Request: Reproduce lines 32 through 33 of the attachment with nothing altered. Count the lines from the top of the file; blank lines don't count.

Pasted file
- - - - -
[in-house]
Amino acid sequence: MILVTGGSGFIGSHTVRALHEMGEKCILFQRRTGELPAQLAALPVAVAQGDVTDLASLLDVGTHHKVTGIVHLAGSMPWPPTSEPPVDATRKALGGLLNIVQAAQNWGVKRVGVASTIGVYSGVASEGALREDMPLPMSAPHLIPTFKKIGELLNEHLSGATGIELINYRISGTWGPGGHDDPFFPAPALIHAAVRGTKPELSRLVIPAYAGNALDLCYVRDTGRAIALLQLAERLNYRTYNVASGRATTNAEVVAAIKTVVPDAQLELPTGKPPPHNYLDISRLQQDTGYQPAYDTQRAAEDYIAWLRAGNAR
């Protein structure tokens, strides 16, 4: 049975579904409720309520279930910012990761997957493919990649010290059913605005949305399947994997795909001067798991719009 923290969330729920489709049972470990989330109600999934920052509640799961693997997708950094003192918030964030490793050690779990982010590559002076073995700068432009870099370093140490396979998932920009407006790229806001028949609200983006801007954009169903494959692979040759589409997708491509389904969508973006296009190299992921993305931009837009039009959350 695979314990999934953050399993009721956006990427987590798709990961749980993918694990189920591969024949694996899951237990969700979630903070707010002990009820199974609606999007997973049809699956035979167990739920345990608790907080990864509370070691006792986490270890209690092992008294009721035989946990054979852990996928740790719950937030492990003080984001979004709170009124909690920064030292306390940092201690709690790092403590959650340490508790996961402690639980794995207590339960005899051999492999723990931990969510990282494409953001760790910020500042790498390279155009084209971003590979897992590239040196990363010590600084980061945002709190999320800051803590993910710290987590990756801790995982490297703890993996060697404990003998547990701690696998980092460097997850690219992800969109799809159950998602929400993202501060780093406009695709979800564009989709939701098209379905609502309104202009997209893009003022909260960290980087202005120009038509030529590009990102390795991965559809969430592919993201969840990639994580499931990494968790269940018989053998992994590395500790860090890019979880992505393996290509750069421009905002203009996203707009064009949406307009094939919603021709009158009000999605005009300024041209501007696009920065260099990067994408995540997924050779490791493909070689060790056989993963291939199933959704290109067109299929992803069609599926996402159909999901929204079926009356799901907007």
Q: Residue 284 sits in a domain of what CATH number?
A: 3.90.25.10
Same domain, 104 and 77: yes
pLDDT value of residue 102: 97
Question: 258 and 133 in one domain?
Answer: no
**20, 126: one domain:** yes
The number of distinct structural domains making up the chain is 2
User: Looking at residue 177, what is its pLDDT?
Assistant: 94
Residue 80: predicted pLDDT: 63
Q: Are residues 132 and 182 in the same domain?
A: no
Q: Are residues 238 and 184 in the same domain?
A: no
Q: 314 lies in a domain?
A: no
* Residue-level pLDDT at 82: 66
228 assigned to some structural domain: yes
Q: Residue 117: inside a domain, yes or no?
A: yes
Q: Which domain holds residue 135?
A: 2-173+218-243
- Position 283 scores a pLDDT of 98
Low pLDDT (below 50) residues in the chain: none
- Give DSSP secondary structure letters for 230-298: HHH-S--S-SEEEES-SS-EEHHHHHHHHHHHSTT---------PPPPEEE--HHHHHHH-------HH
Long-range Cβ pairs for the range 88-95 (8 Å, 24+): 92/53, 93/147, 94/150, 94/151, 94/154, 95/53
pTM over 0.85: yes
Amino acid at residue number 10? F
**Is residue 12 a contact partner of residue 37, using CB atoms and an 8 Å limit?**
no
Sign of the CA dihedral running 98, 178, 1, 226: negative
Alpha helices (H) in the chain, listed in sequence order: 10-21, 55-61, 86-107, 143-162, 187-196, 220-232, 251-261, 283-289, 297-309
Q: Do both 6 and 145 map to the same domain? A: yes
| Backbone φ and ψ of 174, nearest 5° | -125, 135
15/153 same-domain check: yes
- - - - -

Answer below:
Amino acid at residue number 10? F
**Is residue 12 a contact partner of residue 37, using CB atoms and an 8 Å limit?**